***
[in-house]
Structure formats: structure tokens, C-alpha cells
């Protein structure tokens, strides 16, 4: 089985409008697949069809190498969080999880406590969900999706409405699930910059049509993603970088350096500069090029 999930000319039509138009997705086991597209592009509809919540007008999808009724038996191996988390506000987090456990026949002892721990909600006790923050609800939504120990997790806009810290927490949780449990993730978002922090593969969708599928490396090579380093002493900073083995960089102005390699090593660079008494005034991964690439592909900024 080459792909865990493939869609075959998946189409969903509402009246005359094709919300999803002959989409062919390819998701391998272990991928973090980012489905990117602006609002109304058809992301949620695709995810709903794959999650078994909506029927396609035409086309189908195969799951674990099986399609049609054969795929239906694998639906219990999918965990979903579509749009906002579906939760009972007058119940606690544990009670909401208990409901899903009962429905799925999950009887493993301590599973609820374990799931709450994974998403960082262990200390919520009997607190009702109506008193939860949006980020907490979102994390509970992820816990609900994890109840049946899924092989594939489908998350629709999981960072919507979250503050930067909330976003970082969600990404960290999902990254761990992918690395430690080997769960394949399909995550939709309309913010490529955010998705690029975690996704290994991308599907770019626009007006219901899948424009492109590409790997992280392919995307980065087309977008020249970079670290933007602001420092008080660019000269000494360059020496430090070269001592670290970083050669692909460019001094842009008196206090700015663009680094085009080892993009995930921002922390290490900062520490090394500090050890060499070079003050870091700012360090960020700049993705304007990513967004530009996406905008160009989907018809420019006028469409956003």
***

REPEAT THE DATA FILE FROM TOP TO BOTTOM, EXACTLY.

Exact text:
[in-house]
Structure formats: structure tokens, C-alpha cells
């Protein structure tokens, strides 16, 4: 089985409008697949069809190498969080999880406590969900999706409405699930910059049509993603970088350096500069090029 999930000319039509138009997705086991597209592009509809919540007008999808009724038996191996988390506000987090456990026949002892721990909600006790923050609800939504120990997790806009810290927490949780449990993730978002922090593969969708599928490396090579380093002493900073083995960089102005390699090593660079008494005034991964690439592909900024 080459792909865990493939869609075959998946189409969903509402009246005359094709919300999803002959989409062919390819998701391998272990991928973090980012489905990117602006609002109304058809992301949620695709995810709903794959999650078994909506029927396609035409086309189908195969799951674990099986399609049609054969795929239906694998639906219990999918965990979903579509749009906002579906939760009972007058119940606690544990009670909401208990409901899903009962429905799925999950009887493993301590599973609820374990799931709450994974998403960082262990200390919520009997607190009702109506008193939860949006980020907490979102994390509970992820816990609900994890109840049946899924092989594939489908998350629709999981960072919507979250503050930067909330976003970082969600990404960290999902990254761990992918690395430690080997769960394949399909995550939709309309913010490529955010998705690029975690996704290994991308599907770019626009007006219901899948424009492109590409790997992280392919995307980065087309977008020249970079670290933007602001420092008080660019000269000494360059020496430090070269001592670290970083050669692909460019001094842009008196206090700015663009680094085009080892993009995930921002922390290490900062520490090394500090050890060499070079003050870091700012360090960020700049993705304007990513967004530009996406905008160009989907018809420019006028469409956003």